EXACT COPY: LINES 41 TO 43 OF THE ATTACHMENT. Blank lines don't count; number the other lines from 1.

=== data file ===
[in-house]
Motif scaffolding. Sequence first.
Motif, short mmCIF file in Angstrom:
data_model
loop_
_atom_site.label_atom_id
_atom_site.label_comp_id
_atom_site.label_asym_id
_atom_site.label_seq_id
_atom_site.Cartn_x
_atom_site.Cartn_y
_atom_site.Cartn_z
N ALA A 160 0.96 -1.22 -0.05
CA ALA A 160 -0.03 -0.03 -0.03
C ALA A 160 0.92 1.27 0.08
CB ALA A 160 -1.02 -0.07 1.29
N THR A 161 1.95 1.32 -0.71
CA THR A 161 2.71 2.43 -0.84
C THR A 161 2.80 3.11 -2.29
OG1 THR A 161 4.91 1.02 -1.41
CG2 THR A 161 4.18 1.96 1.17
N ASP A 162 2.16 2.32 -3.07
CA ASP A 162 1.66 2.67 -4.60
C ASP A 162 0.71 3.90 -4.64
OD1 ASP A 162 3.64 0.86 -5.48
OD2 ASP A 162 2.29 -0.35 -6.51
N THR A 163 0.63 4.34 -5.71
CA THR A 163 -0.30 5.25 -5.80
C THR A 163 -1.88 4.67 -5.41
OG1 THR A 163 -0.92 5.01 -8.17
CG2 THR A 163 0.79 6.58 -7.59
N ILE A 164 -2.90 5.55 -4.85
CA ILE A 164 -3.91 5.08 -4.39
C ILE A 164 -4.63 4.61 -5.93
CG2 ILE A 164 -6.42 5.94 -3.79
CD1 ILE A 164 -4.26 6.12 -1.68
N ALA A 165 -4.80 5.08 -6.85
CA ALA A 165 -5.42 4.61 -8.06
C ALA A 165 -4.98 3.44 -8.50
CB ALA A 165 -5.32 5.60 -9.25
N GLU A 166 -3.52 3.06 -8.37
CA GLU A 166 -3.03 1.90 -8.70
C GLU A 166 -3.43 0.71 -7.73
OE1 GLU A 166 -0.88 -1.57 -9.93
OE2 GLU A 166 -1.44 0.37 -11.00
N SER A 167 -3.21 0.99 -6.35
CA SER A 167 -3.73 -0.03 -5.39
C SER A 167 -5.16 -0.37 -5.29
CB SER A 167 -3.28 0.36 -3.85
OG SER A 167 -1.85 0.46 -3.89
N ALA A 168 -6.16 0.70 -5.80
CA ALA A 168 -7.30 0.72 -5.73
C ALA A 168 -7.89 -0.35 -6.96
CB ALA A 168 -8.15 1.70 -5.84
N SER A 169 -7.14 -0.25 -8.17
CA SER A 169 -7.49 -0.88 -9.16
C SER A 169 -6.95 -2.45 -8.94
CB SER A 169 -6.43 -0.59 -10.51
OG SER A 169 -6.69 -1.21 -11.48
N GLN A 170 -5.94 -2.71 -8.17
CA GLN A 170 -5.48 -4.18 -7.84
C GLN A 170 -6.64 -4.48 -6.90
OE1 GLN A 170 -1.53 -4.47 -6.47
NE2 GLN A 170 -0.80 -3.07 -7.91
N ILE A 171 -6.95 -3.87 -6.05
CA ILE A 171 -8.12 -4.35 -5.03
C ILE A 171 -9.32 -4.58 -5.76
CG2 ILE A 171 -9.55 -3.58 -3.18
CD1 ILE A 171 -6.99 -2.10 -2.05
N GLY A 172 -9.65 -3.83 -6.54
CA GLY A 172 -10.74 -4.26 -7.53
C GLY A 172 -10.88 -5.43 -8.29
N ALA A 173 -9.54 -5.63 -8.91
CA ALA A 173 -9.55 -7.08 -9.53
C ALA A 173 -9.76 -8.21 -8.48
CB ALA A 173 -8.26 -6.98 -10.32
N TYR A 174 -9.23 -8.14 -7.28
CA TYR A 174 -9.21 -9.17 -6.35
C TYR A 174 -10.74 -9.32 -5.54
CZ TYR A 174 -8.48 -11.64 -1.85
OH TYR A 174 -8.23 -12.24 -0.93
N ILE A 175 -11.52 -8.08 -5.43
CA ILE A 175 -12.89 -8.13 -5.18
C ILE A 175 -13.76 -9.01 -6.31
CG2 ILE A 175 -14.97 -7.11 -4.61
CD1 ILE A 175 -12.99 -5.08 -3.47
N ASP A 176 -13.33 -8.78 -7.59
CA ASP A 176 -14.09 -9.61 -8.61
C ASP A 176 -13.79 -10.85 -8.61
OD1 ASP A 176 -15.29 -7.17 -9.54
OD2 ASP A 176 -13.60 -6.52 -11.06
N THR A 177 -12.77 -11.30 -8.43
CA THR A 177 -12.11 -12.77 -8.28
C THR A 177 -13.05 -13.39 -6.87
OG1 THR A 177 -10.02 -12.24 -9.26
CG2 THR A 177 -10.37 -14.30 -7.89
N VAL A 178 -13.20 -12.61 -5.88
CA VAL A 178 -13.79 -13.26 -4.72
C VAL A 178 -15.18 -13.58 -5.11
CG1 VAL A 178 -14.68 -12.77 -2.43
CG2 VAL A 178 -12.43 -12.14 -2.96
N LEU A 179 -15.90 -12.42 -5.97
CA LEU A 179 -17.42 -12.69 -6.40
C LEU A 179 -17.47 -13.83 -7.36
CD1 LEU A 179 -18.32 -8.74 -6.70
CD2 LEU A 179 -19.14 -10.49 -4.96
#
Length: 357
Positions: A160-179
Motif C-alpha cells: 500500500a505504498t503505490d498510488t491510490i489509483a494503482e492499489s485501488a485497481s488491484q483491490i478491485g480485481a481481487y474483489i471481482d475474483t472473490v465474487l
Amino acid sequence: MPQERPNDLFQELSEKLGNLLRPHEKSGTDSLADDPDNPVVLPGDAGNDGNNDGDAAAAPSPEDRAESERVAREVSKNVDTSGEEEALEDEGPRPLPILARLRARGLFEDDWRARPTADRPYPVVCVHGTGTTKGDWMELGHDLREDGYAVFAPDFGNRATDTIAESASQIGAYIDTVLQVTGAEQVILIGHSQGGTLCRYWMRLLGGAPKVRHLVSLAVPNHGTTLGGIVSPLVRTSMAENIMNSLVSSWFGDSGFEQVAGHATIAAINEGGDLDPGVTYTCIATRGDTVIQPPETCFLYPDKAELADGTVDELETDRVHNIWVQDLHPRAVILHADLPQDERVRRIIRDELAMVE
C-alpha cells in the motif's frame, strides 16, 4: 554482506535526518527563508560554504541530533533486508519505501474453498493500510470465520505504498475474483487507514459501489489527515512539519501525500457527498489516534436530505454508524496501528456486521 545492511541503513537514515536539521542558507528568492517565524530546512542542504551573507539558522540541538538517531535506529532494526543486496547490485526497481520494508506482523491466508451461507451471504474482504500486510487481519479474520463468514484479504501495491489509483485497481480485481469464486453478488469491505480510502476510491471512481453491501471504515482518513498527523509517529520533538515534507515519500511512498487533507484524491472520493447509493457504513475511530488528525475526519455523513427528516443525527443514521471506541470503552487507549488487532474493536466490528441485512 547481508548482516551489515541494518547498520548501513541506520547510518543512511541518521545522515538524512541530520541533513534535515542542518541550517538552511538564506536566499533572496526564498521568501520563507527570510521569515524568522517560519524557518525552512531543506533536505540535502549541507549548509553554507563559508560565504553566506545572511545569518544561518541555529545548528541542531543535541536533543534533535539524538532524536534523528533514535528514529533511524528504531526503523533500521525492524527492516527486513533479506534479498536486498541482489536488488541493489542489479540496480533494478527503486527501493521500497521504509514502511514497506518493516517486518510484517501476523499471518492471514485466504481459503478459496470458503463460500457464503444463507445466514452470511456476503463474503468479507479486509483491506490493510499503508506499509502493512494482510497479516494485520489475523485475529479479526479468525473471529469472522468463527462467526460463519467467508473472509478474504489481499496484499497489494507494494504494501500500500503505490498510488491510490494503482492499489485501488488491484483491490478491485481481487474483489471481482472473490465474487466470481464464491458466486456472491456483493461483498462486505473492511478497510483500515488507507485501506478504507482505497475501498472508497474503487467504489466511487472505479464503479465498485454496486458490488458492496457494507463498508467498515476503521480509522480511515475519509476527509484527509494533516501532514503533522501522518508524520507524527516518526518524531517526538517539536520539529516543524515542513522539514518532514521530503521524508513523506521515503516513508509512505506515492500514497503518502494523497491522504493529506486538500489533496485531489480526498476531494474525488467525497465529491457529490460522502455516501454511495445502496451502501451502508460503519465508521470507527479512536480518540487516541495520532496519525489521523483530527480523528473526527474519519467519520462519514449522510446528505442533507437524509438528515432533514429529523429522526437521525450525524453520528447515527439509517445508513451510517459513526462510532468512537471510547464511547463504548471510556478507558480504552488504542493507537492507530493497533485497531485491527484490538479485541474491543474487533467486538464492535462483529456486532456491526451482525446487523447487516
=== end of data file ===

N GLU A 166 -3.52 3.06 -8.37
CA GLU A 166 -3.03 1.90 -8.70
C GLU A 166 -3.43 0.71 -7.73